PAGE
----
It was Albert Einstein who said that a thing should be “as simple as possible, but not simpler.”
I have come to the same conclusion by way of bread.
Bread should be pure, simple, the most basic form of sustenance, and yet it is a thing that can’t, and shouldn’t, be hurried.
This is a long story, friends. It will take up two posts because our journey to a simple family bread that we could bake and use daily has not been a short one… not short, mind you, but entirely delicious, and in the end, well worth the effort.
So, let’s see, I suppose it started one day with one fateful lunch.
My kids were having pumpkin butter (that we made) slathered on toast (store bought) and eating pretzels (store bought) dipped in cream cheese (that we made) and yogurt (that we made) mixed with real maple syrup (from some farmers in Vermont that are reported to care deeply about their trees), and apples (store bought) slathered in peanut butter (homemade).
My guys were having the best time discussing among themselves what we had made ourselves, remembering the making and wondering if we couldn’t make the rest of the things on their plate that had come from the store.
Mama, could we make syrup?
Mama, could we make pretzels?
Mama, could we make bread?
Mama, can we grow apples?
We live in Texas though!
Oh alright, I suppose that we could
maybe raise up a crop of sugar cane and rig up an old fashioned press and make our own sugar cane syrup
(which we love just as well as we love the maple variety), but that’s probably not going to happen, and we have a distinct lack of maple trees, so I think that really, the best that we can do is support those Louisiana
and Vermont folks who do the job so
As for the pretzel sticks, well we know how to make soft pretzels, but the crunchy stick ones? … I’m at a loss.
But bread…. we could do that, right? I guess so, but geez, there’s all the measuring and the kneading and the carefully timed rising, TWICE, and the precise baking and good grief, a woman can only do so much in a day, right? A loaf now and again sure, but DAILY bread? I just don’t think I could swing it.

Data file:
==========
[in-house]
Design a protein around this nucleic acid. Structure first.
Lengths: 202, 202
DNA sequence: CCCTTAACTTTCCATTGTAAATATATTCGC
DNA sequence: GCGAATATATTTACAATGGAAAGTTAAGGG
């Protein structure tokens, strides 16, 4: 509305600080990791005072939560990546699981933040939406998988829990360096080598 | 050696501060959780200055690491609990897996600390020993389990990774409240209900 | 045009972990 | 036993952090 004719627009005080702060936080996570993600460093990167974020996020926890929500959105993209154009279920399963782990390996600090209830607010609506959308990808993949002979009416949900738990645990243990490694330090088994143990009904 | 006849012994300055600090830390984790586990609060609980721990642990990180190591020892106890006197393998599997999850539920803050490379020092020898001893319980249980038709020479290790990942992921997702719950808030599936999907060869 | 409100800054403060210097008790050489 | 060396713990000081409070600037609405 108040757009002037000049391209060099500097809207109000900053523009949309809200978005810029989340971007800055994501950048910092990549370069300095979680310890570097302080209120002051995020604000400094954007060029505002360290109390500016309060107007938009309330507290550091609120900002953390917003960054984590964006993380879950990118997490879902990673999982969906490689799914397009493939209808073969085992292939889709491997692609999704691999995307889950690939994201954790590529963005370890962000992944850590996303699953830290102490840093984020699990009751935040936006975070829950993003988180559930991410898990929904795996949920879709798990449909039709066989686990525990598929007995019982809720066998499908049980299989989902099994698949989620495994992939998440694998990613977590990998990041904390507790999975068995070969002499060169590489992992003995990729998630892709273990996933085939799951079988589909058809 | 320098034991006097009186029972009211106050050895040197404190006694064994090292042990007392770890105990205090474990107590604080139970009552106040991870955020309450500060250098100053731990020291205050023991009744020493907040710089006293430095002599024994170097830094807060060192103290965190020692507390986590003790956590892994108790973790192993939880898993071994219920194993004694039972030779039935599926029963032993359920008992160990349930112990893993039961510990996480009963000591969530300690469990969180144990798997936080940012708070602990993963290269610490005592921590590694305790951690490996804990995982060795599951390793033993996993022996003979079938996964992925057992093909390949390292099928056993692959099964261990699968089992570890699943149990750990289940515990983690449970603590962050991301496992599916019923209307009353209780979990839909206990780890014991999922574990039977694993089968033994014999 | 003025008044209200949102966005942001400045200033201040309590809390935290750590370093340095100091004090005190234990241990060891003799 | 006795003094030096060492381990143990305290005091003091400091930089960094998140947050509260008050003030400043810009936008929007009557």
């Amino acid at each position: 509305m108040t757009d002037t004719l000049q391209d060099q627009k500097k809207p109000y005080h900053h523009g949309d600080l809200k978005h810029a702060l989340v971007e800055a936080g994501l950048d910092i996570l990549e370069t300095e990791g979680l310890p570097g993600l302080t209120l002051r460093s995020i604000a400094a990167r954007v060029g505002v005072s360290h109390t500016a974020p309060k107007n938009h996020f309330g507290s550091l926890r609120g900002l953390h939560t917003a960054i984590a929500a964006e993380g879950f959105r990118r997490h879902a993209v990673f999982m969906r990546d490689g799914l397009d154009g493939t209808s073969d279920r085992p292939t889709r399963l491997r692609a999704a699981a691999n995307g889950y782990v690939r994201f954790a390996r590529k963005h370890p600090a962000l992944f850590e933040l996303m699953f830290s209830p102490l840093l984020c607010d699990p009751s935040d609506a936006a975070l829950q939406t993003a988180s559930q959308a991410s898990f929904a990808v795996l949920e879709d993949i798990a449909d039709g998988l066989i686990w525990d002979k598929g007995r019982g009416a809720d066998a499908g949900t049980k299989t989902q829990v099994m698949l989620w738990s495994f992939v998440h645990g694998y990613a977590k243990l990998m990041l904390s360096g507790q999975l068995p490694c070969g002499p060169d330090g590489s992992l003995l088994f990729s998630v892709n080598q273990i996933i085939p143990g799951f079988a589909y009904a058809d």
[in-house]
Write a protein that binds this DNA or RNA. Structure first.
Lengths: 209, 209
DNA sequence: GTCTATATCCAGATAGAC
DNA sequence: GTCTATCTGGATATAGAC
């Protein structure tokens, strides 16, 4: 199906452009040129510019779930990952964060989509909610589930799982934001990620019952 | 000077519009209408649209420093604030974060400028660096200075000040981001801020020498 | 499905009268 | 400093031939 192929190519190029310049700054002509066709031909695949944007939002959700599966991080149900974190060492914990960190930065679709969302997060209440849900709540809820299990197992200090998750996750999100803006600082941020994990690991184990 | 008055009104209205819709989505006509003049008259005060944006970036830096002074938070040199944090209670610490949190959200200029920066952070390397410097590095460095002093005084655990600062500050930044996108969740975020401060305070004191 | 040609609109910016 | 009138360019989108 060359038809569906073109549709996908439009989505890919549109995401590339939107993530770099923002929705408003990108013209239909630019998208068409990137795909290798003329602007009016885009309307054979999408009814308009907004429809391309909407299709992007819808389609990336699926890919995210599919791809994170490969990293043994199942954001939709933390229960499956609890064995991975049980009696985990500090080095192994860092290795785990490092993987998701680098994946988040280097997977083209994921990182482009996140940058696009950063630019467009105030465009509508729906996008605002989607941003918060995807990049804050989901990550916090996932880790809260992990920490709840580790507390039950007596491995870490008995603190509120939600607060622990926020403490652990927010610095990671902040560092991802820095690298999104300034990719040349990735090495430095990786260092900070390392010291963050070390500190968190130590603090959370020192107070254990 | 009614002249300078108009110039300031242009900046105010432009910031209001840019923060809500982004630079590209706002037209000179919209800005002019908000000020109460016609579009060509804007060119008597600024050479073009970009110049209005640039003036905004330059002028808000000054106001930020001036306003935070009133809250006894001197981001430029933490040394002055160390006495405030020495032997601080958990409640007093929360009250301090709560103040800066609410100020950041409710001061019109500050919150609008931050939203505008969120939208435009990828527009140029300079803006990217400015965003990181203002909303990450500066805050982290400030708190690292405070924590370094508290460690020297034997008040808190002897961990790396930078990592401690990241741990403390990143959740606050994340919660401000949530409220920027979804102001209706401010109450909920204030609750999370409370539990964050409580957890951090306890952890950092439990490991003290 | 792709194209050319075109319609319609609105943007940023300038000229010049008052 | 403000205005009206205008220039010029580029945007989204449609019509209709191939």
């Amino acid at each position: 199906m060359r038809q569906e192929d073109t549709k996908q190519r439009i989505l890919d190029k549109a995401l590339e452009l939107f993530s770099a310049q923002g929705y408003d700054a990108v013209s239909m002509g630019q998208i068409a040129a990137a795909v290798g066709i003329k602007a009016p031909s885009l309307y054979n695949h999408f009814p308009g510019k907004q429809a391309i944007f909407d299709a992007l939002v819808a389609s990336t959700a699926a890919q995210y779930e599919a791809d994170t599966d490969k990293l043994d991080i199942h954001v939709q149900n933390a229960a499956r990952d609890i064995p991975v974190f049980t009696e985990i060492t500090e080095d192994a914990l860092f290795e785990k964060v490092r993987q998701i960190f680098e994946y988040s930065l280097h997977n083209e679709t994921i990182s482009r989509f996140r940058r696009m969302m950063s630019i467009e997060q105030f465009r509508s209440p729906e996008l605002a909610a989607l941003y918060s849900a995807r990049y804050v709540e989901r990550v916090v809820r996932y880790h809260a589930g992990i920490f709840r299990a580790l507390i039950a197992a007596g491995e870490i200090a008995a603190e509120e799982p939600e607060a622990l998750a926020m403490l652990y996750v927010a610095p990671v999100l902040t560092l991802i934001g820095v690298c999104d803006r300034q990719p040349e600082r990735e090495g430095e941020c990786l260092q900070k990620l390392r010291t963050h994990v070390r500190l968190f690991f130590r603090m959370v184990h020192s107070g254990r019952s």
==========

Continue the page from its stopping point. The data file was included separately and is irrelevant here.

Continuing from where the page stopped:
So I continued to buy bread at the grocery store even though I know it’s chock full of preservatives and partially hydrogenated this and that, and high fructose whatever. Yeah yeah yeah.
I’m gonna be straight with you. I’ve tried baking bread, many times, and mostly I’ve succeeded in creating nice smelling bricks, so it was going to take a lot to get me off store bought bread.
Maybe a bread machine would do the trick?
I read. I researched. And after a while, I developed something like an obsession with a bread machine that I MUST HAVE
! It’s $200, and while I”m sure it’s worth every penny, it’s a little out of our price range.
Craigslist and ebay have been no help at all.
Then, one day, I remembered that there was one bread that my husband’s mother served years ago… I remembered that we’d all raved over it for days.
I quickly emailed her, and sure enough she still had the recipe.
It goes like this:
Like County Line Bread (County Line being a local barbecue joint that is famous for their yummy bread)
2 T warm water
1 ½ t yeast
1/2 t sugar
3 ½ c bread or all purpose flour
¼ c solid vegetable shortening
In a small cup or bowl, combine warm water with yeast and sugar. Let sit for about 10-15 minutes. Then, in a large bowl pour yeast mixture, water, flour, shortening, sugar and salt. Using an electric mixer, blend on low until all ingredients are incorporated, scraping down sides of bowl as needed. Mix for 7 minutes.
Remove dough and place in a clean bowl that has been greased lightly with oil. Turn dough over in bowl. Cover the bowl with a damp clean cloth and place in a warm spot to allow dough to double in size.
After dough rises, punch down to eliminate bubbles. Spray or grease and flour 9×4 or 5 inch loaf pan. Shape dough into a loaf and place in pan. In warm spot let rise again until double in size.
Preheat oven to 350 degrees. Bake loaf for 30 minutes or until loaf sounds hollow when tapped lightly on top. Makes 1 loaf.
So I made a loaf, and it was easy! Not only was it easy, it was really, REALLY good. So much so, that my men (the Daddy included) polished off an entire loaf at lunch.
I made another for dinner, and it fell to a similar fate.
Accept for a few things …
It’s all white flour.
It contains Crisco (read: partially hydrogenated this and that)
It includes a good bit of sugar.
Trust me, this recipe is worth making, as is, now and again, but it’s maybe not exactly what I want to feed my family everyday.
What seemed like a happy ending was only just the thoughtful beginning of a delicious journey.
Come back tomorrow, and I’ll fill you in on a few of the twists and turns that have finally brought us to a bread that is all ours, easy to make and respectably heathy.
The result is a simple recipe that even an old brick baker like me can manage and even grow to love. The measuring, the kneading, the rising… I’ve become a believer.
Bread is now as exactly as simple as it should be, and not one bit more.